The police never arrested Bennie Thompson. Two significant developments may have given them pause. Kelly and Kohnke had been approached in late March by one of their street sources and told, in some detail, what had happened on Morrison Road. The lawyers had shared this intelligence with the police. In addition, one month after the Thompson-White murders, five people had been massacred in a similar house invasion on North Roman Street.
Then, on May 6, came the turning point. At 8:30 p.m., a 13-year-old girl wearing a gold chain had just left a snowball stand in New Orleans's Uptown district when a red Grand Am pulled up next to her on the street. A man got out of the car and reached for her necklace. When the girl pulled back, he shot her in the neck. The car sped away. A few minutes later, police in a squad car spotted the Grand Am and began a highspeed 45-minute chase. A pursuing policeman saw a pistol being tossed from the window of the passenger seat. A trailing officer stopped and picked up the weapon. It was a 9-mm Ruger, nickel and chrome, with a five-inch barrel and the serial number 303-25147. When the fleeing car was finally stopped by police, among those arrested were the driver, Robert Trackling, and the man who had shot the girl and tossed the gun: Donielle (Fat) Bannister.
There are so many 9-mm guns and so many shootings in New Orleans—365 people were murdered there in 1995—that no one thought to match the markings of spent casings from Bannister's Ruger with those found on Morrison Road three months earlier. In May, while the gun was being held as evidence for the trials of Trackling and Bannister (the girl lived, and the assailants would be found guilty of attempted murder and attempted armed robbery in July 1996), Trackling did something not unusual for a young prisoner. He told his cell mate, Eric Rogers, about a past crime—the slayings of Tangie and Devyn Thompson and Andre White. Jail cells make leaky confessionals; prisoners use such information to try to make deals. So Rogers told the New Orleans police what Trackling had told him. Bannister's Ruger was then sent to ballistics, and spent shells from it matched those recovered on Morrison Road.
Trackling, unaware of these developments, was questioned by homicide detectives on June 1 and asked what he knew about the Thompson-White killings. Caught off guard, he confessed. He named his three accomplices. Thompson's wait for the dreaded call was over.
""Hallelujah!" exclaimed Kohnke when he heard the news. He immediately called the Browns' practice facility in Cleveland, where Thompson was excused from a defensive meeting to go to the phone. "They found the people who killed your son," the lawyer told him.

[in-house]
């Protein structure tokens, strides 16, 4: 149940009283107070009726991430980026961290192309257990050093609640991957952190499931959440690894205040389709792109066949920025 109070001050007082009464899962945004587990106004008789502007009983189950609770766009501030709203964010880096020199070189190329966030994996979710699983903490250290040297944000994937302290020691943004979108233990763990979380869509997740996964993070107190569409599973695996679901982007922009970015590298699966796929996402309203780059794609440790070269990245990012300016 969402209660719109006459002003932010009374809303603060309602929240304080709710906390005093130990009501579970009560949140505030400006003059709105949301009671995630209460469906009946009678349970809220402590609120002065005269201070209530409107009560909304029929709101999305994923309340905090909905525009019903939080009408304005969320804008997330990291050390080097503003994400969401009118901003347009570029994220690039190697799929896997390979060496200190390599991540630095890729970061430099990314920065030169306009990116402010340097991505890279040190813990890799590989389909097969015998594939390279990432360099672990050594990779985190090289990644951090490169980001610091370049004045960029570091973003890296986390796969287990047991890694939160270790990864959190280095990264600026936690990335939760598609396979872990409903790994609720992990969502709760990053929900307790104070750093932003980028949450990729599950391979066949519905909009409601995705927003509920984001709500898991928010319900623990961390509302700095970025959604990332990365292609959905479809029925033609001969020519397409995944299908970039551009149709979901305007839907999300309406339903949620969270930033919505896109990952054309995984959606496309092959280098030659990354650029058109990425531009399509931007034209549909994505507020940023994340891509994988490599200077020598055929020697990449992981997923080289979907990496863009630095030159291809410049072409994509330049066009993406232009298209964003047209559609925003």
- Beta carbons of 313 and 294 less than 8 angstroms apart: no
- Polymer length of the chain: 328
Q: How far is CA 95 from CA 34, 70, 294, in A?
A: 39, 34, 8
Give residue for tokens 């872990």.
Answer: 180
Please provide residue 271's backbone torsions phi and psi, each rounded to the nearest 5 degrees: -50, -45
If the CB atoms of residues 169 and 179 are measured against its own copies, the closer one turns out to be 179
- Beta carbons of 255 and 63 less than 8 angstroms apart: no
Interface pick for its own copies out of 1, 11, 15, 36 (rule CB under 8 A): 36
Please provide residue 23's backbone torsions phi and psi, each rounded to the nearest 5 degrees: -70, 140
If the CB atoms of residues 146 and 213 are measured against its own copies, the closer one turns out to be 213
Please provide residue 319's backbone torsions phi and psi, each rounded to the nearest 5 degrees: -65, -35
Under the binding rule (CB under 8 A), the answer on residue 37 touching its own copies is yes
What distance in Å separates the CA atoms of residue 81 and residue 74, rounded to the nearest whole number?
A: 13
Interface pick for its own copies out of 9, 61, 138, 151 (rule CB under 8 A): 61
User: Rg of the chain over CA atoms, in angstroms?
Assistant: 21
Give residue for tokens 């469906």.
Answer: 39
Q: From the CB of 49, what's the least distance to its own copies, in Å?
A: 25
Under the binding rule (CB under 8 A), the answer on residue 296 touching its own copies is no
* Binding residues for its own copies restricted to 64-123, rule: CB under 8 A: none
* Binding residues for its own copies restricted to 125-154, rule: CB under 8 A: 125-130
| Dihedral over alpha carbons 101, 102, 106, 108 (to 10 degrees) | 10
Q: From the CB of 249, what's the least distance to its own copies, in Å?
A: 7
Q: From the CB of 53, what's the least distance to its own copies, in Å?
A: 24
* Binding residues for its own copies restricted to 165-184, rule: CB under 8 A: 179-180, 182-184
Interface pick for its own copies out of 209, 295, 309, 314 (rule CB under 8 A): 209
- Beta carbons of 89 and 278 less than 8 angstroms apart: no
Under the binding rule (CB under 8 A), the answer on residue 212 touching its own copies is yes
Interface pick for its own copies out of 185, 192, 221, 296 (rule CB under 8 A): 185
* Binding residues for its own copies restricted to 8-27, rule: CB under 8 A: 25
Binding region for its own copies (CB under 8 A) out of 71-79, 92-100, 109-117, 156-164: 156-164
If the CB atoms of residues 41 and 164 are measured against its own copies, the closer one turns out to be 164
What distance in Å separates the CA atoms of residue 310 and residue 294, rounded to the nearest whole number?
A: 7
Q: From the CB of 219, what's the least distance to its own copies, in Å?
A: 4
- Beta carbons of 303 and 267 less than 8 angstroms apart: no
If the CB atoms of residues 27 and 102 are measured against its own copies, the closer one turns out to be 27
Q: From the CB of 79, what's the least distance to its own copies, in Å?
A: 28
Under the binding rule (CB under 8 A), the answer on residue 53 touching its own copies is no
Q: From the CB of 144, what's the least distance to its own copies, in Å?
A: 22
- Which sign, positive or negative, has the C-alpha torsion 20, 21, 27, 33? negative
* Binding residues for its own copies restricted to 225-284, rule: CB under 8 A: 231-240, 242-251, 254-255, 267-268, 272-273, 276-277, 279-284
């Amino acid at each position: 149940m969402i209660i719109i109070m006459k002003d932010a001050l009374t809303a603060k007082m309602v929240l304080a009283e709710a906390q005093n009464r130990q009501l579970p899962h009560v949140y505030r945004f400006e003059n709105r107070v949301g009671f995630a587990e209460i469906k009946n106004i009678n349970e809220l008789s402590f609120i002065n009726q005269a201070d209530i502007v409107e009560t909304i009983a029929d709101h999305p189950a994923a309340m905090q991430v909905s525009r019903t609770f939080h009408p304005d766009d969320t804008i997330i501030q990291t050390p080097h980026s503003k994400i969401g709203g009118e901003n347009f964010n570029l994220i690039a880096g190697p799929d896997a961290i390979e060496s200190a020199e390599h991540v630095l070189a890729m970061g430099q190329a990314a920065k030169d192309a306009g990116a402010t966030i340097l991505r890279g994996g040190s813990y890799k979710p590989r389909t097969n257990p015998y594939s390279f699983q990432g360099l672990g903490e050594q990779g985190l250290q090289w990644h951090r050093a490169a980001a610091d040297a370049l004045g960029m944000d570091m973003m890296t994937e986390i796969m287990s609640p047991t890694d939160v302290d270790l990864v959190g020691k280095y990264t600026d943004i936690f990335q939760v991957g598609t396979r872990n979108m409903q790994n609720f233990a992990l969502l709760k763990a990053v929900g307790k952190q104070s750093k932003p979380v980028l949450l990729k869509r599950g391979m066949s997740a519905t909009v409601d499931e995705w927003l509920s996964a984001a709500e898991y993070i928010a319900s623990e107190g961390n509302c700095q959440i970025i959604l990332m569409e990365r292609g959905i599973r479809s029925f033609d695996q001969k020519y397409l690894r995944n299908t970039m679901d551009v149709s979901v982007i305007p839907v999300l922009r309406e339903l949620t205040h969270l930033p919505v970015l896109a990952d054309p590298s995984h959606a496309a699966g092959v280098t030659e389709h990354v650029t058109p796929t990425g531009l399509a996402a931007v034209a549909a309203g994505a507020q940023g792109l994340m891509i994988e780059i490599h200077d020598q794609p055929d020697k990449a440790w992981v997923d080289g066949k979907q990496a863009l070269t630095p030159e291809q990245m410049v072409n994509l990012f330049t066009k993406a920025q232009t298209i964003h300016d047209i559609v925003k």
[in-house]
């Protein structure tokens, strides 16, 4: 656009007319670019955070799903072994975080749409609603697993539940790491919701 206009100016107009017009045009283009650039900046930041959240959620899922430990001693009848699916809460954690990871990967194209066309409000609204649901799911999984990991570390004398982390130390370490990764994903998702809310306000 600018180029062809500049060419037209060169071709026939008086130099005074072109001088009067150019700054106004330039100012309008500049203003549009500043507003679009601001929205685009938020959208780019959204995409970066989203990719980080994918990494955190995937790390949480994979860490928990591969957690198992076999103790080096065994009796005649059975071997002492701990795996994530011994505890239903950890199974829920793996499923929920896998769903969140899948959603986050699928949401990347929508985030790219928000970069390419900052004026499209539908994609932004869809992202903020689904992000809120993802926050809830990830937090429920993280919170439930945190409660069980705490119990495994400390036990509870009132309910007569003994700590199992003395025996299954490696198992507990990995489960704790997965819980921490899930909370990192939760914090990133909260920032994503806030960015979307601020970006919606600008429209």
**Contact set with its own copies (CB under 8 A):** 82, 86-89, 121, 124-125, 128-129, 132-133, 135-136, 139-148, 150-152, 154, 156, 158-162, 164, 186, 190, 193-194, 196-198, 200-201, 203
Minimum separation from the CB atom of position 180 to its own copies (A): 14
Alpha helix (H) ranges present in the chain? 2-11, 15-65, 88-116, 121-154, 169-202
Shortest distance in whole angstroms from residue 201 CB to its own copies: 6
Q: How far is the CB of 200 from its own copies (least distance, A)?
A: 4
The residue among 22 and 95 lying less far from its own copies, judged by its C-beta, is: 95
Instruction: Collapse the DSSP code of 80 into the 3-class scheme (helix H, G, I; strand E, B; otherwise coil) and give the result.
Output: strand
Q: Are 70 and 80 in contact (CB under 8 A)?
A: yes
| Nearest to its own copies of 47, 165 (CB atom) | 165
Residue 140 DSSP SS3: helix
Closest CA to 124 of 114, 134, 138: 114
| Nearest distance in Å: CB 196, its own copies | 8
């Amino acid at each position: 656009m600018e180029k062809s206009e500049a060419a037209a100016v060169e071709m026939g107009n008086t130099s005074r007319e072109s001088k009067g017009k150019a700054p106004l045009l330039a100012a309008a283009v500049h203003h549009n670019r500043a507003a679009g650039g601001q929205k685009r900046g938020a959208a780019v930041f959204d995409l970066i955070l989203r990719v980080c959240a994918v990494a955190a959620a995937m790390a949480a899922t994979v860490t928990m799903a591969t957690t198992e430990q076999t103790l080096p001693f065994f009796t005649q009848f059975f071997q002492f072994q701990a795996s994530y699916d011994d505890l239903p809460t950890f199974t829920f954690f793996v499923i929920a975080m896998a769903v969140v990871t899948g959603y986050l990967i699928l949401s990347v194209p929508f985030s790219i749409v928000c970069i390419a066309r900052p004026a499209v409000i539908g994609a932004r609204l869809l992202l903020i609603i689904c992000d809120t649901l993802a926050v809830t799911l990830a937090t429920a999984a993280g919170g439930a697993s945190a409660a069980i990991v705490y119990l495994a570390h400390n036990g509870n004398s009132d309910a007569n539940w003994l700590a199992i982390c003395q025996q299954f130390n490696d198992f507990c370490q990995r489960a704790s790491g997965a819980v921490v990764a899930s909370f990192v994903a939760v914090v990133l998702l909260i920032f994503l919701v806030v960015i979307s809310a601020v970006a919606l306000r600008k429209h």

"Really?" Thompson asked, sounding subdued. "Do they know why they did it?"
"Robbery," said Kohnke. "Drugs and money."
On June 6, New Orleans police superintendent Richard Pennington announced, "Bennie Thompson has been eliminated as a suspect." By July 9 all four suspects—Bannister. Phillips, Smith and Trackling—were in prison on three charges each of first-degree murder and aggravated burglary. In December 1996, with Trackling testifying against him, Smith was convicted of the triple murder and sentenced to death by lethal injection. This verdict came after Smith had been convicted and sentenced to life for the North Roman Street slaughter; there was a connection between those two crimes. Trackling has been sentenced to 15 years in prison for manslaughter in the Thompson-White killings. Bannister and Phillips have pleaded not guilty, claiming they were not even on Morrison Road, and Thompson may have to testify at their trial, currently scheduled to begin Feb. 9.
To create reasonable doubt about Bannister's and Phillips's guilt. their lawyers are likely to dredge up all that circumstantial evidence that the police collected against Thompson. "It seems that it will go on forever," Thompson says. "Basically, I don't worry about it. As long as the triggerman is put away. I'm pretty much satisfied."
In 1997, for the first time in two years, Thompson was able to give of himself entirely on the football field. As captain of special teams for the Browns' successor team, the Baltimore Ravens, he played with his old ebullience and abandon and had one of his best seasons, with 18 solo special teams tackles, two fumble recoveries and one caused fumble. That earned him a spot as a second alternate in the Pro Bowl, which will be played on Feb. 1 in Honolulu.